Sunday, September 30, 2012


One of the aspects of GaDiMa's music that has always amazed me is the sheer range of emotions expressed in his songs. Being a lyricist for movies offered him many opportunities to write about all sorts of situations. He utilized these situations to write simple, touching and amazing lyrics.

The noted Marathi poet Suresh Bhat has penned many songs that are famous for the sensuous feelings expressed in them. This song written by GaDiMa from movie "मुम्बईचा जावई" is in the same category. Now it's not my unfair intention to pigeon-hole Suresh Bhat lke that. He has written amazing GHazals in Marathi. But, it's also true that many of his sensuous songs are very well-known. I am just comparing this GaDiMa song to those.

कारे दुरावा, कारे अबोला,
अपराध माझा, असा काय झाला ?

I have a complaint against this song. This is a blatantly unrealistic मुखडा (refrain). Which wife in this world even entertains a suggestion that she is the one to be blamed ? And asks her husband why he is not talking to her ? The husbands are not asked the reason for their silence, they are supposed to stay silent. :-)

Asha sounds just wonderful here. In a song that is less about स्वर (notes) and more about भाव (emotions), she adds a nice touch of  लाडिकता when she sings

नीज येत नाही मला एकटीला,
तरी ना विचारी धरी हनुवटीला,
मान वळविसी तू वेगळ्या दिशेला ...

The tune by the great Sudhir Phadake is sublime. Just as the lyrics become more direct in the last stanza, he shifts the gears a bit.

रात जागवावी असे आज वाटे,
तृप्त झोप यावी, पहाटे पहाटे,
नको जागणे हे, नको स्वप्नमाला ...

Quite explicit for that age, but not cheap.

The movie was remade in Hindi as "Piya Ka Ghar", starring Jaya Bhaduri, Anil Dhawan with the famous Kishore song, "Ye Jeevan Hai". Still no comparison to the soundtrack of the Marathi movie. I will cover the other songs from the movie in later posts.

Previously :

Sunday, September 16, 2012


Review : Spartacus (A TV series)
Aired on : Starz
Released : 2010
My Rating : 5 out of 10

Starz released the first season of the Spartacus series in 2010, titled "Spartacus : Blood and Sand". The lead actor - Andy Whitfield - was diagnosed with cancer, and production of the sequel had to be stopped. While he was being treated, Starz produced a prequel instead. Sadly, Whitfield passed away in 2011 and the sequel was later produced with Liam McIntyre playing the lead role.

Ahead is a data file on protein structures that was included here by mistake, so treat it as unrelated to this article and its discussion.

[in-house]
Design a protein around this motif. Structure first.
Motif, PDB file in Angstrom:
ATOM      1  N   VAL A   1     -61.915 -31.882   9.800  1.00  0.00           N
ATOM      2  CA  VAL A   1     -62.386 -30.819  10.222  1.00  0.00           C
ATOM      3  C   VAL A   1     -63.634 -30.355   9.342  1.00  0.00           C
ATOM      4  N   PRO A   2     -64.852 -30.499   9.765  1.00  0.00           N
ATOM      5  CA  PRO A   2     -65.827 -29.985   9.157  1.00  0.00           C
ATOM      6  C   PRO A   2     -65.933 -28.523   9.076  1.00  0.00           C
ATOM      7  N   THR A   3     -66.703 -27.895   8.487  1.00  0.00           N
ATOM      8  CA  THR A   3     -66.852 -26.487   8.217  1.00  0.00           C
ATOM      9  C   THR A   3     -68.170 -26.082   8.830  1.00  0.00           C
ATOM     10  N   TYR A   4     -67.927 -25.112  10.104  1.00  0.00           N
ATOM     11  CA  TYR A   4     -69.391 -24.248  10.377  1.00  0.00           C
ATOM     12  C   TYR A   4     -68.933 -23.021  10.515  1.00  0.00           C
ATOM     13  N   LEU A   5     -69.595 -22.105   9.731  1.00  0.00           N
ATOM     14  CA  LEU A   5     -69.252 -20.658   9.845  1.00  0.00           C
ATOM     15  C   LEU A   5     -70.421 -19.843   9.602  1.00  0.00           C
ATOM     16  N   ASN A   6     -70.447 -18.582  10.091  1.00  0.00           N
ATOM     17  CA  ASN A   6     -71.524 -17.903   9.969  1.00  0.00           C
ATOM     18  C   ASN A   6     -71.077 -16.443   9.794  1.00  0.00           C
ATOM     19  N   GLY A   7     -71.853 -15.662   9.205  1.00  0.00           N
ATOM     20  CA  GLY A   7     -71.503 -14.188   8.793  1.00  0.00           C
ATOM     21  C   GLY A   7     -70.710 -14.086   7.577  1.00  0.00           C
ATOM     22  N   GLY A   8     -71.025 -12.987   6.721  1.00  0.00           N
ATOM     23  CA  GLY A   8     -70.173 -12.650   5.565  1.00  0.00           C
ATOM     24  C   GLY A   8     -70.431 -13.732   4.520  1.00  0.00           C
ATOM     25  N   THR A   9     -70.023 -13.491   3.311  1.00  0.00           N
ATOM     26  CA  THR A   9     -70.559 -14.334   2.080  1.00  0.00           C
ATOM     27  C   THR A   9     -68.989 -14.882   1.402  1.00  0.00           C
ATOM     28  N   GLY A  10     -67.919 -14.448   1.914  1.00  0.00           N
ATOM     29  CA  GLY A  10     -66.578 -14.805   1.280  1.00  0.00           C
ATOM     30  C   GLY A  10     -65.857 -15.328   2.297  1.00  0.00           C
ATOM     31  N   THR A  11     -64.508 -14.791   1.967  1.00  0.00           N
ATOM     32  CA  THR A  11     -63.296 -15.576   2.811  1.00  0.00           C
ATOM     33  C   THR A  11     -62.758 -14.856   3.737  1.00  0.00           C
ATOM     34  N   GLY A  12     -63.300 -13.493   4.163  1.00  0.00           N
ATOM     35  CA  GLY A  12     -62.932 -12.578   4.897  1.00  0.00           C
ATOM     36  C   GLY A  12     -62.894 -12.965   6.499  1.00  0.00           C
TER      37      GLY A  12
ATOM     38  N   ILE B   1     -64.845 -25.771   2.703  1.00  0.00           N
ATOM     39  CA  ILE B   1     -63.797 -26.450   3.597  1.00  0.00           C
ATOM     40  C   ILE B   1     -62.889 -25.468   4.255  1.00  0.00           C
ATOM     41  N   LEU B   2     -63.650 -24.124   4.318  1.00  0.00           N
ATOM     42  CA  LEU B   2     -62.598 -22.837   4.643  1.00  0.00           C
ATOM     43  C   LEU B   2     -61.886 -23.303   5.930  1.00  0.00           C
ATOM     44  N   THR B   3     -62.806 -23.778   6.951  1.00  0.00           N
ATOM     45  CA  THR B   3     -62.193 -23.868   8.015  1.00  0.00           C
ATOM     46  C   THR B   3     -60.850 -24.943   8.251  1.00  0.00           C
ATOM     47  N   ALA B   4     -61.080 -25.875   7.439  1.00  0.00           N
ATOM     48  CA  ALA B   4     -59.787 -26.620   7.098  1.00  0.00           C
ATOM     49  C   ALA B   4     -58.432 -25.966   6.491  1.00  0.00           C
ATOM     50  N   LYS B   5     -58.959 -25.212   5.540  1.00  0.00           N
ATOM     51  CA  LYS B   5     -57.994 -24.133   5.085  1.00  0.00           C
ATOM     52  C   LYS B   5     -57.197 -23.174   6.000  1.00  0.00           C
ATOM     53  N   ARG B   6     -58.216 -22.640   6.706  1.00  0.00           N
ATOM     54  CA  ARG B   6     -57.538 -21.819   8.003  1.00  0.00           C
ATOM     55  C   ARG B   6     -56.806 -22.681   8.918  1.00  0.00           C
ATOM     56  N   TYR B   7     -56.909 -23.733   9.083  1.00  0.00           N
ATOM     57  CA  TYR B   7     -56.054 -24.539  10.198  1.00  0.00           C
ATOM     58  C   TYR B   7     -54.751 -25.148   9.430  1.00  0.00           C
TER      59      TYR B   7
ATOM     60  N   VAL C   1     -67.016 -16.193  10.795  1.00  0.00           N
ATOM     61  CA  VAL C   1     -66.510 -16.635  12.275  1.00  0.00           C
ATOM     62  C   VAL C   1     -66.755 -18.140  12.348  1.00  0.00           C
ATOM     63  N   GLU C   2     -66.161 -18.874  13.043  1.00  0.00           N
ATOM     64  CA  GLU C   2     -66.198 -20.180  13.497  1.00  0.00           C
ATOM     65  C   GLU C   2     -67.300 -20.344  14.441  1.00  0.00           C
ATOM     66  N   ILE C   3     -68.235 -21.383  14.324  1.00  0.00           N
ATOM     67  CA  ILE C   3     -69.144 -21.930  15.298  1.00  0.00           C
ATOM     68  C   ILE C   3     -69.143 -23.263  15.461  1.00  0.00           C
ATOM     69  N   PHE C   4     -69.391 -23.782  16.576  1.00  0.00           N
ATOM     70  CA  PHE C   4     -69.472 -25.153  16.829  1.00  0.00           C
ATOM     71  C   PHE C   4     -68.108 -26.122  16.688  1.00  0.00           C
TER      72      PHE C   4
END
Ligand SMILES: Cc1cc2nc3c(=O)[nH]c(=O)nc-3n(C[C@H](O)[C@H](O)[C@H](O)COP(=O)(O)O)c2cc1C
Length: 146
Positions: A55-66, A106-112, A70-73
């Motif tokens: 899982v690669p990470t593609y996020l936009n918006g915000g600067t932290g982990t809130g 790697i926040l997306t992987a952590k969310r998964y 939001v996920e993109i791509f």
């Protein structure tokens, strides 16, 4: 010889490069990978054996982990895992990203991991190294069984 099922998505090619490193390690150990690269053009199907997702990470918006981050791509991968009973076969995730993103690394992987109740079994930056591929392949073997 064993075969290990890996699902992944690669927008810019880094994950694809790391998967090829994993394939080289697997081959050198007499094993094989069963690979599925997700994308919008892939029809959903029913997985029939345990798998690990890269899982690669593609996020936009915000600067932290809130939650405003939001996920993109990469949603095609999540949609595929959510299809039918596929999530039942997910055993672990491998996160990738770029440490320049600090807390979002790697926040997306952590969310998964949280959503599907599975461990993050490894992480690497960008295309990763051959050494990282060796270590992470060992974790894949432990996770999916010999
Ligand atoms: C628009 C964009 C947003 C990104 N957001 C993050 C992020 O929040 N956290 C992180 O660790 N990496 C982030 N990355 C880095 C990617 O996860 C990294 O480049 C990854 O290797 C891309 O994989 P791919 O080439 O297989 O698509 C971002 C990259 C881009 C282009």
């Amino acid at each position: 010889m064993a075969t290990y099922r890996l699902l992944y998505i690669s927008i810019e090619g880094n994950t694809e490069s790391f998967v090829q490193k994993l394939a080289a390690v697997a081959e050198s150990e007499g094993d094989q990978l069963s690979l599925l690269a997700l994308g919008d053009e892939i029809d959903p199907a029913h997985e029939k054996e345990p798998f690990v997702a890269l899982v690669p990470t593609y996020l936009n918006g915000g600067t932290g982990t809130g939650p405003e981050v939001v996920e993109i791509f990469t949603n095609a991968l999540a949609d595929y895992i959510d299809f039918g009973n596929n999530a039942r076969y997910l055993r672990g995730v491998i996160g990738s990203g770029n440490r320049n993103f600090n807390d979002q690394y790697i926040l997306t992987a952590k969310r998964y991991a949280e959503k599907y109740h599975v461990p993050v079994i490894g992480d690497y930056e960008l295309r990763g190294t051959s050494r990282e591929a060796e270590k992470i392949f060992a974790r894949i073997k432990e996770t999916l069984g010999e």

I have only watched the season 1 on DVD, and this review is specifically of that season.  It consists of 13 episodes, each of 1 hour.

The story is loosely based on historical facts. In ancient Roman empire, around 70 BC, there was indeed a slave gladiator called Spartacus. He was probably captured from Thrace (modern day Bulgaria) and served in a "ludas" (gladiator school) in the city of "Capua". He organized a rebellion by forming an army of fellow slaves. The Roman Army eventually crushed their rebellion in what's now known as the "2nd Serville War".

Season 1 starts with the capture of Spartacus, and ends with the successful start of his rebellion. Almost all events in between are completely fictional as historical details of Spartacus remain obscure.

When I wrote the review for "Rome", I added a strong warning that it's not fit even for teenagers. Spartacus leap frogs Rome in the aspect of being offensive, and falls woefully short in everything else. If you couldn't watch Rome because it was too explicit, you shouldn't even think about watching Spartacus. If you liked Rome (and I did), for its gripping narrative, you shouldn't expect the same from Spartacus.

The idea here is to shock the viewers. Plain and simple. The appropriate name for this series would have been "Blood and Skin", as that's all the series seems to be interested in. It's possible that for some viewers, this is a guilty pleasure. To me, it was beyond saturation. The same types of scenes are shown over and over again.

There is a small kernel of a good plot here. Although these are gladiators, they are just glorified slaves, with no rights, no freedom and just objects that can be sacrificed for the entertainment of the elites. It's impossible to not feel their plight. There are some political machinations, and they add some intrigue to the storyline. The focus of the series is elsewhere. To appeal to the base instincts, by showing beautiful women fawning over bare chested savage hunks, who are bent on killing each other in the most grotesque way. With the topic being gladiators, one might expect fight sequences that keep you on the edge of your seat. Alas, they are quite unrealistic - inspired more by the movie 300, than say Troy. (Note : Troy was NOT a good movie, but had great duels. And 300 was a visually impressive movie, but it's not famous for duels.)

The acting is a bright spot. Andy Whitfield as the lead actor is superb and convincing. A trivia : In the late 90s, there was a series with more modest aspirations, called "Xena: The Warrior Princess". It had good ratings in the demography "adult male", solely because of Lucy Lawless. She expertly plays the role of Lucretia here. The best performance though is by John Hannah who plays the role of Quintus Batiatus, owner of the ludas, which happens to be the only multidimensional character in the story.